Bay Reflections

 Vol. 11, No. 1

January 2-8, 2003

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January: Our Doorway of Opportunity
by Steve Carr

Winter has hit us right between the eyes with barrels of both ice and snow. The trees have been laid bare like skeleton silhouettes. Holiday shopping had us all running on empty. It just feels like it’s time to crawl under the covers and hibernate for awhile, maybe until March.

But believe it or not, the New Year is when Mother Earth begins turning over a new leaf and the cycle of rebirth begins anew. You might not notice the subtle changes, but they are happening all around us, like a grand symphony playing softly in the background of our lives.

First off, since December 21, the days are getting longer. Each day we gain a few precious minutes of daylight and warmth. That, in turn, triggers a myriad of natural miracles.

Bugs in the mud are slowly transforming themselves into something special for the upcoming mating season.

Trees and plants are busily sucking in the welcome moisture of winter and brewing their internal juices to create the leaves and flowers of spring.

Fish are still quite active, even if most fishermen aren’t. Record walleye and chain pickerel have been snagged around the Bay on New Year’s Day.

Meanwhile, back in their dark dens, black bear sows snuggle with their young, dreaming about the first thaws of winter.

Most of the rifle and archery seasons for bear, turkey and deer have closed, and it’s time to light a big fire, pour a shot of Jack Black and start telling stories about that trophy buck or wily gobbler that somehow managed to get away.

The beginning of January is also the time when birders do the national bird survey, often referred to as the Christmas Bird Count. In every nook and cranny of America, from Alaska to New York City, birders cover their assigned territories on a chosen day and count every bird they see from dawn till dusk. County by county and state by state, a grand total is tabulated in a national atlas prepared by the Ornithological Society.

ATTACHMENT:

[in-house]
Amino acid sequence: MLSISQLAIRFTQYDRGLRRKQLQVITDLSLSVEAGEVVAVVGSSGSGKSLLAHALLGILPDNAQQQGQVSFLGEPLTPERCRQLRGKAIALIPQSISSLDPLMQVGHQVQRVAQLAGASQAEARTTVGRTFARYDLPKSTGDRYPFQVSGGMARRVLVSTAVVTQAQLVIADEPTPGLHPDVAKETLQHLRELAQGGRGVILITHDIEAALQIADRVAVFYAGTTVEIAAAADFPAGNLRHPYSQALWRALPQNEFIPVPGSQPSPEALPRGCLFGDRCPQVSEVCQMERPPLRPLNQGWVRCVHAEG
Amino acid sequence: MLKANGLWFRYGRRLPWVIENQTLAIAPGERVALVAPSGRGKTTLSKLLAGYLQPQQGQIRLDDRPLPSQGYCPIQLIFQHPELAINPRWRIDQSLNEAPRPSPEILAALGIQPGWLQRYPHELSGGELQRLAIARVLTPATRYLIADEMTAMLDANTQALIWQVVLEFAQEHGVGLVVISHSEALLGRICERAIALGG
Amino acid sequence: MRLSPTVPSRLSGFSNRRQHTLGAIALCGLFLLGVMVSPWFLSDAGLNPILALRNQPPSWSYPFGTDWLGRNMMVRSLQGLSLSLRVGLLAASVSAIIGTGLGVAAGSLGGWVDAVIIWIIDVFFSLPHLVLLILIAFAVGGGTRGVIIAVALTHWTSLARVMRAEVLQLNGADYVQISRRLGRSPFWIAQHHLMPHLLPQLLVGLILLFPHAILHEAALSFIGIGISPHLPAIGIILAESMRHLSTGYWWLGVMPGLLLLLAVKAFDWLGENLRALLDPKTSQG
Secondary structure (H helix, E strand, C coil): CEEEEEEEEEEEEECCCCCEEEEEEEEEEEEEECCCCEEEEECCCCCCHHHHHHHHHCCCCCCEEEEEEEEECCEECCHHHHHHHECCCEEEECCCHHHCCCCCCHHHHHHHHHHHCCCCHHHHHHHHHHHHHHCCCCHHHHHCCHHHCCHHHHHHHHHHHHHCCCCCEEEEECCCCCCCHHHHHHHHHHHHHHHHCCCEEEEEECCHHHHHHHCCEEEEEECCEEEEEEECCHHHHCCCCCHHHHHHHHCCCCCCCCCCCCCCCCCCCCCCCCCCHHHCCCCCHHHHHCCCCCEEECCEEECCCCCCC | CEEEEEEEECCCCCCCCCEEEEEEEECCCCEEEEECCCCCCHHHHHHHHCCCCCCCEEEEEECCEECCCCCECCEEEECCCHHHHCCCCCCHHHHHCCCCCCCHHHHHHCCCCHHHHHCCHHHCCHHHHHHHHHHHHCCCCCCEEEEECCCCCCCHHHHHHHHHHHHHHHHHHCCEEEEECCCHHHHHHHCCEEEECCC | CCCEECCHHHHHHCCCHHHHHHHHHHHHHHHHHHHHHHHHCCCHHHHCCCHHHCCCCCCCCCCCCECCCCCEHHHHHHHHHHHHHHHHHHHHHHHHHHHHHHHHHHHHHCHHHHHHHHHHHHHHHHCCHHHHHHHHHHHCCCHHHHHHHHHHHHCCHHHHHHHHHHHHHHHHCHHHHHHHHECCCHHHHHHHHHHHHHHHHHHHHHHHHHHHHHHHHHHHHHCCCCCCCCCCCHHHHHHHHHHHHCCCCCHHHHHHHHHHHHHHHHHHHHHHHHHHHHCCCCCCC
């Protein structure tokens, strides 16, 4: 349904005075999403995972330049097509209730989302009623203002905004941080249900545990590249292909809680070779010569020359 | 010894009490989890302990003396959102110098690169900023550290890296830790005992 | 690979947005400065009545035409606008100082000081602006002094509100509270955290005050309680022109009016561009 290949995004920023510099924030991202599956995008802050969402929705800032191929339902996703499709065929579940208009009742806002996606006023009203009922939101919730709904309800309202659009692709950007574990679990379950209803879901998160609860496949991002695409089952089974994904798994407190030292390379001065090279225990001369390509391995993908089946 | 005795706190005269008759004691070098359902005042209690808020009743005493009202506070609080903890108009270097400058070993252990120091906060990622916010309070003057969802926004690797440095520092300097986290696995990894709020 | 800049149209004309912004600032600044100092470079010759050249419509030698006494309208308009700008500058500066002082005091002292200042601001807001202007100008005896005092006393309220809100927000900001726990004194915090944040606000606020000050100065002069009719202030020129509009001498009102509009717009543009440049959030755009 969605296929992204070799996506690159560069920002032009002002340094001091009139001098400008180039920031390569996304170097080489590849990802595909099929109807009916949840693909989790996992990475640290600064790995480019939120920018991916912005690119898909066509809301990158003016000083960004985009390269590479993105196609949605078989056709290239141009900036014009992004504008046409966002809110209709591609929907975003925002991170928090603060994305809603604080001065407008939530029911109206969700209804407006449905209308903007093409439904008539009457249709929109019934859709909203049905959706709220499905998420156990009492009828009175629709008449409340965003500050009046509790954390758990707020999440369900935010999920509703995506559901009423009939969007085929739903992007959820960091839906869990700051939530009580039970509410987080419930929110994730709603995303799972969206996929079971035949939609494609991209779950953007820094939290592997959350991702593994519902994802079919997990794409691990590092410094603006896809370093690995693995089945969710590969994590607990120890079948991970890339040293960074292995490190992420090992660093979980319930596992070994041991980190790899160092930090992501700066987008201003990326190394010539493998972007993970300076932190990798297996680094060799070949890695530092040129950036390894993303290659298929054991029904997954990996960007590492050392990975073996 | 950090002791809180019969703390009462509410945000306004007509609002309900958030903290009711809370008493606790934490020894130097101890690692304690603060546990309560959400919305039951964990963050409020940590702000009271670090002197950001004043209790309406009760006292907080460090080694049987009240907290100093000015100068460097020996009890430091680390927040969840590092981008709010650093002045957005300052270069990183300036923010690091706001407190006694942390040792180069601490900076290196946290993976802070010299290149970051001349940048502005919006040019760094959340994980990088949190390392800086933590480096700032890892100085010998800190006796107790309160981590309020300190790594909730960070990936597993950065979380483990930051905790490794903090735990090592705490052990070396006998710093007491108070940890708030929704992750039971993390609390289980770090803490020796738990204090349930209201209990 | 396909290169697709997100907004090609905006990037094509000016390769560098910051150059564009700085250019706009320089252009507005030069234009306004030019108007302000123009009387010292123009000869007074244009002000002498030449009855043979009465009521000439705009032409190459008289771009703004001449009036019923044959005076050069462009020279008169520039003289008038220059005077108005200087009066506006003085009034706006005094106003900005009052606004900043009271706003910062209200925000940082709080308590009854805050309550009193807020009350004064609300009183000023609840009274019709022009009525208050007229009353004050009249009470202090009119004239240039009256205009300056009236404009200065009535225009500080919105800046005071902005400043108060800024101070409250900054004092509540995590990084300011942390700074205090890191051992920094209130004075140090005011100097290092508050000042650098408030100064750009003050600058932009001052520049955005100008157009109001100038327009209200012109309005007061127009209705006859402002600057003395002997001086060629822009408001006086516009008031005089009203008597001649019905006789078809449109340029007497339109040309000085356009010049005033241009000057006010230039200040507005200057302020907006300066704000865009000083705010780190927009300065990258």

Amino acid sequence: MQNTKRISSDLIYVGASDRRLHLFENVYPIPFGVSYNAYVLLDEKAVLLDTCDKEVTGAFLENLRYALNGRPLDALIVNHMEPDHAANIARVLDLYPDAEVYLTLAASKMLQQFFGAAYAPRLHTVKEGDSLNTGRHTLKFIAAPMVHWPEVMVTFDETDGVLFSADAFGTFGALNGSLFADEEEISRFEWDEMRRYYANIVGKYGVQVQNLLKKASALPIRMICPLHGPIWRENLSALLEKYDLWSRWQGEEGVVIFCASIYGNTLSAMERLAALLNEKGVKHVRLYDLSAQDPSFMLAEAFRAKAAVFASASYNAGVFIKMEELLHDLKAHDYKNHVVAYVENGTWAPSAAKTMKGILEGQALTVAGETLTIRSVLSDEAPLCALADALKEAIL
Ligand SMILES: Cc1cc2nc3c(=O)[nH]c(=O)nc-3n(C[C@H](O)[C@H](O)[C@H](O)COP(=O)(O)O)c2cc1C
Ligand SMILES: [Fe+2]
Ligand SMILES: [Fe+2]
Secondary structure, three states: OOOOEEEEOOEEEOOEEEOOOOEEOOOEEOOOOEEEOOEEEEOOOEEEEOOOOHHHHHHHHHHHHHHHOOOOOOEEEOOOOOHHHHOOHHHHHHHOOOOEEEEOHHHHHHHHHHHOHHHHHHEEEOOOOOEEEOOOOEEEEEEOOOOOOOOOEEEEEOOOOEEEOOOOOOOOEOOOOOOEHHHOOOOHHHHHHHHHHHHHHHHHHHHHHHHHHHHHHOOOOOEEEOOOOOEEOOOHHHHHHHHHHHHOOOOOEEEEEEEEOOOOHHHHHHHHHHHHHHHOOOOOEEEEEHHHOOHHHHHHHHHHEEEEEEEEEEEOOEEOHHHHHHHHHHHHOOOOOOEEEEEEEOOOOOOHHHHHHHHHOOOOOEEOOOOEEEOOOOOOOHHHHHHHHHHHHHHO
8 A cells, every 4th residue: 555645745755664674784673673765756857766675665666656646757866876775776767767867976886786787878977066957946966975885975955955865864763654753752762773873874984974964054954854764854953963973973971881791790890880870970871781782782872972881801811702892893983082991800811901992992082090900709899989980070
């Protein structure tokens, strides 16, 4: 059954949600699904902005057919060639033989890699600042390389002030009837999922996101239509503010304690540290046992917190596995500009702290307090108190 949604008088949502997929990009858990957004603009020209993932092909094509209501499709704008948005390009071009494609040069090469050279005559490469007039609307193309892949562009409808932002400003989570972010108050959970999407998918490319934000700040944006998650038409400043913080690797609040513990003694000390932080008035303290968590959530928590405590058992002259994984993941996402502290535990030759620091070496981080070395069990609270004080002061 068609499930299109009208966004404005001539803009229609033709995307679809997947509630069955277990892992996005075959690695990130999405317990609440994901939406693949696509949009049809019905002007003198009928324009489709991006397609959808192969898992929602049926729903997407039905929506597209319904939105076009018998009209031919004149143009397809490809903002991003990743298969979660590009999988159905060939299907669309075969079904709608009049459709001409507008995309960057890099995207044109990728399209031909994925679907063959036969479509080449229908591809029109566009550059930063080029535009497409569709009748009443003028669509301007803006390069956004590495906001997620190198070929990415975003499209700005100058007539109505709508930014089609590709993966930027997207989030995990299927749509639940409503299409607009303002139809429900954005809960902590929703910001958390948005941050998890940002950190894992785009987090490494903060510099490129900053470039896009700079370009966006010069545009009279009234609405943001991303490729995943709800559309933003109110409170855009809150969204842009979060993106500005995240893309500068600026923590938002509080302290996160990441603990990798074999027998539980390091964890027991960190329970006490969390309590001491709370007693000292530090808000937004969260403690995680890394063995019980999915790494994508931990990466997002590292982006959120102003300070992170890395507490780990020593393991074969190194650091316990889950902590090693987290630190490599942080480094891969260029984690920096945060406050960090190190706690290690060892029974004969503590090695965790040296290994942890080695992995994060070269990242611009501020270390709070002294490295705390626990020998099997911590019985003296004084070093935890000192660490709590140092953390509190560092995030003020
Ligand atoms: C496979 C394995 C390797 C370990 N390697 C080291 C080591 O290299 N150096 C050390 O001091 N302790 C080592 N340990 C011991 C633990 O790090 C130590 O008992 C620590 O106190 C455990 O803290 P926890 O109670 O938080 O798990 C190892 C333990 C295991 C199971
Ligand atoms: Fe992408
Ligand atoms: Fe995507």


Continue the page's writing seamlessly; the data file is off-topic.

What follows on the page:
Speaking of birds, bald eagle numbers peak along the Chesapeake Bay in early January. The territorial bickering of December gives way to a nest building frenzy centered on the promise of a brand new generation.

At about the same time our football heroes are teeing it up in the Bowl game extravaganzas, white-tail deer begin dropping their antlers and venturing forth from their secret hiding places in the woods. Hunting season is but a memory, and the white tails are free once again to roam the countryside unmolested.

Farmers get antsy as the days grow longer. Busy work takes over as they start preparing their equipment for planting season and cut back the edges of their fields to make brush piles. Seed catalogues become the preferred reading, and talk around the dinner table turns to new crops and weather forecasts.

Watermen mend their crab pots, fix that old valve that’s been sticking on the work boat’s carburetor and say a silent prayer that next season will be better than the last.

City dwellers and suburbanites may be less in touch with the earth’s natural rhythms. But we too feel the undeniable tug of change and the need to renew our spirits for the upcoming year. That’s why we come up with things like New Year’s resolutions or promises to go on a diet. It’s our way of recharging the batteries and preparing for the next round and warmer weather.

January is like the gate or doorway into the new year. In fact, the month is named after the Roman’s most revered god, Janus. Folks often prayed to Janus when they were embarking upon some new venture. He was the gatekeeper in Roman mythology, and January was meant to symbolize the passage from old to new. Janus is usually depicted as having two faces, one face looking forward and the other back — and he carried a big set of keys.

Many important events have taken place in January. The first American presidential election was held in 1789. Andrew Jackson defeated the British at the Battle of New Orleans in 1815. Gold was discovered in California in 1848. The Civil Service system was established in 1883. Transcontinental telephone service began in 1915. And John Glenn became the first American to orbit the earth in 1962.

So take heart and remember: the weather may be a little cold and dreary, but there’s still a whole lot going on both inside and out. And there’s no time like the present to open up a brand new door.

Copyright 2003
Bay Weekly